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Sponsored by the National Science Foundation Tutorial: OpenFlow in GENI with Instrumentation and Monitoring Divya Bhat, Umass Amherst Niky Riga, GENI Project.

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Presentation on theme: "Sponsored by the National Science Foundation Tutorial: OpenFlow in GENI with Instrumentation and Monitoring Divya Bhat, Umass Amherst Niky Riga, GENI Project."— Presentation transcript:

1 Sponsored by the National Science Foundation Tutorial: OpenFlow in GENI with Instrumentation and Monitoring Divya Bhat, Umass Amherst Niky Riga, GENI Project Office IC2E 2014

2 Sponsored by the National Science Foundation 2 March “The current Internet is at an impasse because new architecture cannot be deployed or even adequately evaluated” [PST04] Modified slide from: [PST04]: Overcoming the Internet Impasse through Virtualization, Larry Peterson, Scott Shenker, Jonothan Turner Hotnets 2004

3 Sponsored by the National Science Foundation 3 March OpenFlow… Enables innovation in networking Changes practice of networking Google’s SDN WAN

4 Sponsored by the National Science Foundation 4 March OpenFlow’s basic idea

5 Sponsored by the National Science Foundation 5 March OpenFlow’s basic idea

6 Sponsored by the National Science Foundation 6 March Network Devices NAT firewall DHCP DNS switch VPN router gateway proxy access point Any network device can be OpenFlow enabled software

7 Sponsored by the National Science Foundation 7 March Network Types Campus Multiple buildings, heterogeneous IT, groups of users, campus backbone Enterprise Data Centers Security, various sizes, storage, WAN optimizations Data Centers – Clouds Multi-tenant, virutalization, disaster recovery, VM mobility WAN Diversity, multiple domains/carriers/users

8 Sponsored by the National Science Foundation 8 March OpenFlow benefits [1] External control –Enables network Apps –General-purpose computers (Moore’s Law) –Deeper integration –Network hardware becomes a commodity Centralized control –One place for apps to interact (authentication, auth, etc) –Simplifies algorithms –Global Optimization and planning [1]: OpenFlow: A radical New idea in Networking, Thomas A. Limoncelli CACM 08/12 (Vol 55 No. 8)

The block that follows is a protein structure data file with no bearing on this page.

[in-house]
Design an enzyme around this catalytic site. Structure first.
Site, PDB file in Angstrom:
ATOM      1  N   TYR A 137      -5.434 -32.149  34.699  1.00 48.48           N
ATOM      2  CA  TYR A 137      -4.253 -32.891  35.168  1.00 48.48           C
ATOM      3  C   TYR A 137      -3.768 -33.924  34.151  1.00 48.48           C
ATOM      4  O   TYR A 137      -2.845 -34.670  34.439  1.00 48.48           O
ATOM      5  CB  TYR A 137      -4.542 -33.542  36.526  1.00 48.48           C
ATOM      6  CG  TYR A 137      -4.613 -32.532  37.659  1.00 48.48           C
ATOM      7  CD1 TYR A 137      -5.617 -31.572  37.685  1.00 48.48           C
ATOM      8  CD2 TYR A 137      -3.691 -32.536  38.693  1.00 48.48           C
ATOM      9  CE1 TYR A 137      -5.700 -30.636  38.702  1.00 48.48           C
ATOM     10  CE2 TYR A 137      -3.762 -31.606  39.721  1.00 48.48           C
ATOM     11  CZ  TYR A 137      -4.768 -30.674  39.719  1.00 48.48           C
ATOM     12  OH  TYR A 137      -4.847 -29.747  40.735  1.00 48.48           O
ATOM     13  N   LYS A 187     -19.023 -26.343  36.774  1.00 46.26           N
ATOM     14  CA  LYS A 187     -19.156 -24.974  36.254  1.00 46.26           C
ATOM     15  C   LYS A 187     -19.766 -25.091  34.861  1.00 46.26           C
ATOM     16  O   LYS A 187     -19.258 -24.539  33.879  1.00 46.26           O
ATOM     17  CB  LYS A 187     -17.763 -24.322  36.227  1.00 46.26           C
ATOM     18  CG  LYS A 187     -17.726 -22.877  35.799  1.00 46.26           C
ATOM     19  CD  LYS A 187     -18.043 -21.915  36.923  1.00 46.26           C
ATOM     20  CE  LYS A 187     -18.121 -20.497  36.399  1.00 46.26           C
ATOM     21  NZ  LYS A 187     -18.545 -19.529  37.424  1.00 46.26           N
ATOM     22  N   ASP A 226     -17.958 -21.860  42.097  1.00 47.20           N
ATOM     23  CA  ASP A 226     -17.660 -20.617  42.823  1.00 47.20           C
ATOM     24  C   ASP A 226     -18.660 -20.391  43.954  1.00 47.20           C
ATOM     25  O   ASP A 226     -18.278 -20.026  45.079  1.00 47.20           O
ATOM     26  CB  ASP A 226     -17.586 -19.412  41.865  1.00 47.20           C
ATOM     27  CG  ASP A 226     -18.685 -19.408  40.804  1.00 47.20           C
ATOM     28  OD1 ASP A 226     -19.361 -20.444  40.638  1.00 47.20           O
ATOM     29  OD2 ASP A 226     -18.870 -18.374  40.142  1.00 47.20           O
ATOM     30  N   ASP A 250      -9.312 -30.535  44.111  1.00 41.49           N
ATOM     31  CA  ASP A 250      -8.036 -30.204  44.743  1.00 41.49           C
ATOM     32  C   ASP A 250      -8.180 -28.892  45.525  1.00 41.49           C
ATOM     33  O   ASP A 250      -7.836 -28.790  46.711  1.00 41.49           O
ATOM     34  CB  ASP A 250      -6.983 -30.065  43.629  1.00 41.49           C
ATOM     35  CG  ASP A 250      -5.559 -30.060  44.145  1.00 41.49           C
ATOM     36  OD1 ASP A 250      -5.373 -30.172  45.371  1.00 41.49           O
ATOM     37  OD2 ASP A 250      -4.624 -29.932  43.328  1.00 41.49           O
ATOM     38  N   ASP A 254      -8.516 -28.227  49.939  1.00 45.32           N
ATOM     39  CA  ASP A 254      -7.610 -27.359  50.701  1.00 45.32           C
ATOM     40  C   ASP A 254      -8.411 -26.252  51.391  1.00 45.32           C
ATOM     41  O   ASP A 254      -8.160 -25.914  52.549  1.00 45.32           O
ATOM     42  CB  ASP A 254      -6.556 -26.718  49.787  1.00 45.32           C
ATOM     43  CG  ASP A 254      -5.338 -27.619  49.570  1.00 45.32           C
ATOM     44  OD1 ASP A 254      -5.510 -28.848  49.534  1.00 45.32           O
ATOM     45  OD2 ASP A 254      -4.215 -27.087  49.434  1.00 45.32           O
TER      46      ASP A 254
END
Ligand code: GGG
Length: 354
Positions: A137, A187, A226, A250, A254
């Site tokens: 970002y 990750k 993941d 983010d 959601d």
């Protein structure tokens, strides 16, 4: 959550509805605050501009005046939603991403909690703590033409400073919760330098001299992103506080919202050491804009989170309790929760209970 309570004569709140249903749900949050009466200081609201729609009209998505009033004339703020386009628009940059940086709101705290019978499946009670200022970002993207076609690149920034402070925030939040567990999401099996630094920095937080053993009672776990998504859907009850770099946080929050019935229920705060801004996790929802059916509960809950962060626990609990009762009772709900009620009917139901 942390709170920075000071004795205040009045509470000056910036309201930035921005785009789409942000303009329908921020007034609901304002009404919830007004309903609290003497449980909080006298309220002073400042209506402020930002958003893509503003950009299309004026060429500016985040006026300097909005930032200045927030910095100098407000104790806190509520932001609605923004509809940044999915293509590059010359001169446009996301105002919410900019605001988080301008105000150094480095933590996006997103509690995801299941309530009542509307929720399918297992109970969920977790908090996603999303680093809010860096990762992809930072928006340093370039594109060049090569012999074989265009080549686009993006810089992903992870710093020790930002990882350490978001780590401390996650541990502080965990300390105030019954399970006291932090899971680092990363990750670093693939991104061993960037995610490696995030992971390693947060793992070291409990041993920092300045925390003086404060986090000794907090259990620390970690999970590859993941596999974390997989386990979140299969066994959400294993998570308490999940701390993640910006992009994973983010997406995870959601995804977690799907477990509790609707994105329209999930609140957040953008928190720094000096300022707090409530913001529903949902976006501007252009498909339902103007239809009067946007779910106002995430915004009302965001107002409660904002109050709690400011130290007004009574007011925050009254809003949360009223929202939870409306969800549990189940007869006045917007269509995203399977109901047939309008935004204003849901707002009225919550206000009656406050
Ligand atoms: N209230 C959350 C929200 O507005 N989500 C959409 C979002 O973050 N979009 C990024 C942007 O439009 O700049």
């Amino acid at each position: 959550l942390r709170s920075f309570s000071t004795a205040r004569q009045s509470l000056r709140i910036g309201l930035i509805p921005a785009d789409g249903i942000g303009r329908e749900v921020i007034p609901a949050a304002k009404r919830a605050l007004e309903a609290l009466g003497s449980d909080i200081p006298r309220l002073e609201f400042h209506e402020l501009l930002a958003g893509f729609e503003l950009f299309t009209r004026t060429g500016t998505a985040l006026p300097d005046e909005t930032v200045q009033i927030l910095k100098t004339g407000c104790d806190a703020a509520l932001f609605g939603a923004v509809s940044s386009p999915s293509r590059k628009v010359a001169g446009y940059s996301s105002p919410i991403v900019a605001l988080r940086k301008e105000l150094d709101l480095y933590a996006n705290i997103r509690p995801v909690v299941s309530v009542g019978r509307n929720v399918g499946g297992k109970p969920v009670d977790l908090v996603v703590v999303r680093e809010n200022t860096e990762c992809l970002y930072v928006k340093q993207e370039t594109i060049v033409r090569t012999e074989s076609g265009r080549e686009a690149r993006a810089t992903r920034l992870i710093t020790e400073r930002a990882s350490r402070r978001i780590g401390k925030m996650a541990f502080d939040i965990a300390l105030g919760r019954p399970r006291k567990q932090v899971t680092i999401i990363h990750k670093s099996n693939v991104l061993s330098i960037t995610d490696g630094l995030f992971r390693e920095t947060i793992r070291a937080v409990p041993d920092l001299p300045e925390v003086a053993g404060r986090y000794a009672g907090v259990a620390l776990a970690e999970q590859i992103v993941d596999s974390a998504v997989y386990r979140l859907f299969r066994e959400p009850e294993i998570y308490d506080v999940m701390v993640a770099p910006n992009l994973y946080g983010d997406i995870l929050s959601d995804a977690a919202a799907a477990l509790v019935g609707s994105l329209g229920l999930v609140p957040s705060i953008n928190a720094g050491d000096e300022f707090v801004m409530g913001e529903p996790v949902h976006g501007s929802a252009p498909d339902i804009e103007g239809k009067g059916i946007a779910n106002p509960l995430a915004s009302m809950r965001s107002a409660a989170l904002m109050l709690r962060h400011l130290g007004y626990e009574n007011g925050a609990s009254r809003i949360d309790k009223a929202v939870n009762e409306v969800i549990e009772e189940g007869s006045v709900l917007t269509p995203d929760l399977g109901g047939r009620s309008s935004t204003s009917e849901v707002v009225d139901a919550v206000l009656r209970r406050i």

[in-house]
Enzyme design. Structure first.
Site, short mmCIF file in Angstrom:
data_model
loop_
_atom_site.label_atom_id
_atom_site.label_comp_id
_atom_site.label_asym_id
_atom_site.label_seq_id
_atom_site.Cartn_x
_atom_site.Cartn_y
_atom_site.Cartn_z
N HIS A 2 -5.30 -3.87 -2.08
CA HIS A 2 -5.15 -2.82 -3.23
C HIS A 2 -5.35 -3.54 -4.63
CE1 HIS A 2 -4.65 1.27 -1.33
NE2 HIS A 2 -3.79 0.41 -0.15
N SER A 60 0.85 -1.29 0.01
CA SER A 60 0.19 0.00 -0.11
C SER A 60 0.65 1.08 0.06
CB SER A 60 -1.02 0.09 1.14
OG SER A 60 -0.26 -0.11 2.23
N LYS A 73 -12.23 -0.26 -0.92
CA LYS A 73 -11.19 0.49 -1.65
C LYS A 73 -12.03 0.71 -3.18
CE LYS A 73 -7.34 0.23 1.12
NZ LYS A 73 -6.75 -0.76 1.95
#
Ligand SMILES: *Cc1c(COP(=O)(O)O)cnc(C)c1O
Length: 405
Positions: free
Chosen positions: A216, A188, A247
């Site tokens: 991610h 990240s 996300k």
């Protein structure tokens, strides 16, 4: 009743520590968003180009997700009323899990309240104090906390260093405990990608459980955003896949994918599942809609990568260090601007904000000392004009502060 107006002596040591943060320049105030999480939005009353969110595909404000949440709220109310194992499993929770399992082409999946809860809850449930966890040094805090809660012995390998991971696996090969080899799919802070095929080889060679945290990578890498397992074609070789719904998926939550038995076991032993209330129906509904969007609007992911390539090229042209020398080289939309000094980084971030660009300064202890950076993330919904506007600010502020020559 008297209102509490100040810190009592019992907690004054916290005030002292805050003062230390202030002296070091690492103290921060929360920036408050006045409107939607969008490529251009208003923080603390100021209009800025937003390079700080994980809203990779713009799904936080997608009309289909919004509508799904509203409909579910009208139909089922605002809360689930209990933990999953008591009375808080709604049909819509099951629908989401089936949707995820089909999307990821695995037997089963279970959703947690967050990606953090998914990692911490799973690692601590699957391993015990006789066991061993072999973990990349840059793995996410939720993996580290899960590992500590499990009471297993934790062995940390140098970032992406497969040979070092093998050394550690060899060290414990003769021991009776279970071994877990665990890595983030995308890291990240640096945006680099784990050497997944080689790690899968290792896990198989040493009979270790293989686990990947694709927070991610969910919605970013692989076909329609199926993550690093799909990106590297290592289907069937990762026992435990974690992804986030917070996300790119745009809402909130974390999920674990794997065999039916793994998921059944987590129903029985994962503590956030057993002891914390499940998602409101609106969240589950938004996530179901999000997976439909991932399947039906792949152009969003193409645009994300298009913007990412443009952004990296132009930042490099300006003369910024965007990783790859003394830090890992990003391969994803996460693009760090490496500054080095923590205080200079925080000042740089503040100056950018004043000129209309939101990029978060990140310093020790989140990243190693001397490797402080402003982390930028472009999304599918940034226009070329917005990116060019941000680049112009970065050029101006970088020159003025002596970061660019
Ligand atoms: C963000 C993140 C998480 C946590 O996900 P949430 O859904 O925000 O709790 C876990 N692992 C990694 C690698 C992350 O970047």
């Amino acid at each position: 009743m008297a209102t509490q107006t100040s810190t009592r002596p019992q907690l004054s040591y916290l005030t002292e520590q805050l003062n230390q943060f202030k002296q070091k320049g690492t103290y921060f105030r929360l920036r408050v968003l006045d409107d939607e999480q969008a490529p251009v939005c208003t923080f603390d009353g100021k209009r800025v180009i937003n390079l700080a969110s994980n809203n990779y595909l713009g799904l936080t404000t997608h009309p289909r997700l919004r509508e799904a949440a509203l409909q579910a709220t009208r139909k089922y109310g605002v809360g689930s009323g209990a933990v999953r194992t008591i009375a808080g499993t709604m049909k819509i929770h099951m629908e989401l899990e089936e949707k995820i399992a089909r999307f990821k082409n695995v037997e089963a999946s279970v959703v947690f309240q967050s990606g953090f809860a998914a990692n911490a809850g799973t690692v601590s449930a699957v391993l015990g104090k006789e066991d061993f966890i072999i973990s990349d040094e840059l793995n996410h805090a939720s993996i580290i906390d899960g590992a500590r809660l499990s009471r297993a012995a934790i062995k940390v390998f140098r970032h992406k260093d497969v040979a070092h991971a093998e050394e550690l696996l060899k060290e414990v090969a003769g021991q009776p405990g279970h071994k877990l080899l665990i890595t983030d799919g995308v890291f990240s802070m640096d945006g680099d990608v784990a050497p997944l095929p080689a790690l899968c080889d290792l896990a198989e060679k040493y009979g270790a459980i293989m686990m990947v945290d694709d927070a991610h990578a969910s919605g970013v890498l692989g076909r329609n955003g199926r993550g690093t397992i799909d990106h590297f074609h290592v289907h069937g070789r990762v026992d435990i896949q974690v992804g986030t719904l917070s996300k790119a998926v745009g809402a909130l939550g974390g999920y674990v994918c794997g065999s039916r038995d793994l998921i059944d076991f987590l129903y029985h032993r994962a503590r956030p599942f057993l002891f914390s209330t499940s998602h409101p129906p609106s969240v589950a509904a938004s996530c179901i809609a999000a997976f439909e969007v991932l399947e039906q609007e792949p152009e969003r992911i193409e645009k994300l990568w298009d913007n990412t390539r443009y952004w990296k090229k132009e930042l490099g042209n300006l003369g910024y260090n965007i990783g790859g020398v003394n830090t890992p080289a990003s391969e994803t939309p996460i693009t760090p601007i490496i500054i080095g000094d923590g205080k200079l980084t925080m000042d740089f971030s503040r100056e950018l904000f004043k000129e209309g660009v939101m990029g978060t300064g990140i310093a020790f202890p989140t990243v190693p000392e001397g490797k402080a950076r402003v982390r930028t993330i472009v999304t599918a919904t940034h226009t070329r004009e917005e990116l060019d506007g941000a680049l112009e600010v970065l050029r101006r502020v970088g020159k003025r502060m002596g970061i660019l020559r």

9 Sponsored by the National Science Foundation 9 March Deployment Stories Google global private WAN [1] Connects dozens of datacenters worldwide with a long-term average of 70% utilization over all links Stanford Campus deployment Part of Stanford campus migrated to OpenFlow NTT’s BGP Free Edge Internet 2 - AL2S Can build Layer 2 circuits between any Internet 2 end-points [1] B4: Experience with a Globally-Deployed Software Defined WAN, SIGCOMM’13, Jain et al. https://www.ntt-review.jp/archive/ntttechnical.php?contents=ntr201310fa3.html

10 Sponsored by the National Science Foundation 10 March GENI Programmable Network Key GENI concept: slices & deep programmability –Internet: open innovation in application programs –GENI: open innovation deep into the network Good old Internet Slice 0 Slice 1 Slice 2 Slice 3 Slice 4 Slice 1 OpenFlow switches one of the ways GENI is providing deep programmability

11 Sponsored by the National Science Foundation 11 March Racks and Campuses GENI Rack projects are expanding available GENI infrastructure in the US. Racks provide reservable, sliceable compute and network resources using Aggregate Managers. GENI AM API compliance

12 Sponsored by the National Science Foundation 12 March GENI Rack Campuses 43 racks planned this year Each rack has an OpenFlow-enabled switch

13 Sponsored by the National Science Foundation 13 March Core Networks NLR committed to 2013 meso-scale expansion following reorganization Internet2 adding 10GbE paths to Advanced Layer 2 Services (AL2S) at 4 of 5 OpenFlow meso-scale/ProtoGENI Pops GENI Aggregate Manager in Internet2 AL2S and dynamic stitching with GENI coming in Spiral 5 Internet2 SDN networks

14 Sponsored by the National Science Foundation 14 March OpenFlow Experiments Debugging OpenFlow experiments is hard: –Network configuration debugging requires coordination –Many networking elements in play –No console access to the switch Before deploying your OpenFlow experiment test your controller.

15 Sponsored by the National Science Foundation 15 March OpenFlow common PitFalls Controller is responsible for all traffic, not just your application! –ARP, DHCP, LLDP Reactive controllers –UDP Performance in hardware switches –Not all actions are supported in hardware No STP –Broadcast storms

16 Sponsored by the National Science Foundation LabWiki The complete Experiment LifeCycle in a Tool Divya Bhat, Umass Amherst

17 Sponsored by the National Science Foundation 17 March Experiment Workflow

18 Sponsored by the National Science Foundation 18 March The “Experiment Cycle” Setup Design Execute Notes Code Experiment Description Runs Measurements

19 Sponsored by the National Science Foundation 19 March Setup Design Execute Notes Code Experiment Description Runs Measurements Publish The “Successful Experiment Cycle”

20 Sponsored by the National Science Foundation 20 March “Experiment Cycle” in a Tool: LabWiki

21 Sponsored by the National Science Foundation 21 March GENI TestBed OML Server LabWiki iRODS 1.Instrument 2.Run 3.Collect 4.Plot 5.Save OML Client 6.Obtain Collect and Archive 0.Reserve Experimenter 2.Run 3.Collect 4.Plot 5.Save